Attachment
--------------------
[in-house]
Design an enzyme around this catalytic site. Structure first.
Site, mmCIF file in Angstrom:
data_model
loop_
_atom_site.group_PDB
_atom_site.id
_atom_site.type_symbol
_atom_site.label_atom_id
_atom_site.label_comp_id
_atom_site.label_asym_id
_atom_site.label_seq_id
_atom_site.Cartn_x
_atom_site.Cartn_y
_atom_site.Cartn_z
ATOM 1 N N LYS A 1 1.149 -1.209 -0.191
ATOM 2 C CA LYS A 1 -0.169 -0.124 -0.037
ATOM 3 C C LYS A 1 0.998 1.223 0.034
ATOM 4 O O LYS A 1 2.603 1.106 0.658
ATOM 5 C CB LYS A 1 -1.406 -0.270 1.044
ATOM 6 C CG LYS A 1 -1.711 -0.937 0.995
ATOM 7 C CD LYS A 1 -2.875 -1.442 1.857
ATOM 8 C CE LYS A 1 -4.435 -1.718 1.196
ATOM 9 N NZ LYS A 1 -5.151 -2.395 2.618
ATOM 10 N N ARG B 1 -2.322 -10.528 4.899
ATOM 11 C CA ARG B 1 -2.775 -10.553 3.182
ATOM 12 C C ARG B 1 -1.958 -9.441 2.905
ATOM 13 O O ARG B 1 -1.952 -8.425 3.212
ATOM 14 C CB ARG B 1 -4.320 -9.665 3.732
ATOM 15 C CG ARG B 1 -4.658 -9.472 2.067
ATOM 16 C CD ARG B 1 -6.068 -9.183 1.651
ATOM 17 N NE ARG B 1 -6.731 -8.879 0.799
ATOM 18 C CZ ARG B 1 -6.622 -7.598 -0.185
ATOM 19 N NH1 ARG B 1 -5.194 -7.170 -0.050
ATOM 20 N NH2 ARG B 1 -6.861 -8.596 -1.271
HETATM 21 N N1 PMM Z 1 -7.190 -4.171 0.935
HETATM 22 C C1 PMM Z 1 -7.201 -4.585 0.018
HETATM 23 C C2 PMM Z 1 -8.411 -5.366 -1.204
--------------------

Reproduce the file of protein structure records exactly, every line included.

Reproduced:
[in-house]
Design an enzyme around this catalytic site. Structure first.
Site, mmCIF file in Angstrom:
data_model
loop_
_atom_site.group_PDB
_atom_site.id
_atom_site.type_symbol
_atom_site.label_atom_id
_atom_site.label_comp_id
_atom_site.label_asym_id
_atom_site.label_seq_id
_atom_site.Cartn_x
_atom_site.Cartn_y
_atom_site.Cartn_z
ATOM 1 N N LYS A 1 1.149 -1.209 -0.191
ATOM 2 C CA LYS A 1 -0.169 -0.124 -0.037
ATOM 3 C C LYS A 1 0.998 1.223 0.034
ATOM 4 O O LYS A 1 2.603 1.106 0.658
ATOM 5 C CB LYS A 1 -1.406 -0.270 1.044
ATOM 6 C CG LYS A 1 -1.711 -0.937 0.995
ATOM 7 C CD LYS A 1 -2.875 -1.442 1.857
ATOM 8 C CE LYS A 1 -4.435 -1.718 1.196
ATOM 9 N NZ LYS A 1 -5.151 -2.395 2.618
ATOM 10 N N ARG B 1 -2.322 -10.528 4.899
ATOM 11 C CA ARG B 1 -2.775 -10.553 3.182
ATOM 12 C C ARG B 1 -1.958 -9.441 2.905
ATOM 13 O O ARG B 1 -1.952 -8.425 3.212
ATOM 14 C CB ARG B 1 -4.320 -9.665 3.732
ATOM 15 C CG ARG B 1 -4.658 -9.472 2.067
ATOM 16 C CD ARG B 1 -6.068 -9.183 1.651
ATOM 17 N NE ARG B 1 -6.731 -8.879 0.799
ATOM 18 C CZ ARG B 1 -6.622 -7.598 -0.185
ATOM 19 N NH1 ARG B 1 -5.194 -7.170 -0.050
ATOM 20 N NH2 ARG B 1 -6.861 -8.596 -1.271
HETATM 21 N N1 PMM Z 1 -7.190 -4.171 0.935
HETATM 22 C C1 PMM Z 1 -7.201 -4.585 0.018
HETATM 23 C C2 PMM Z 1 -8.411 -5.366 -1.204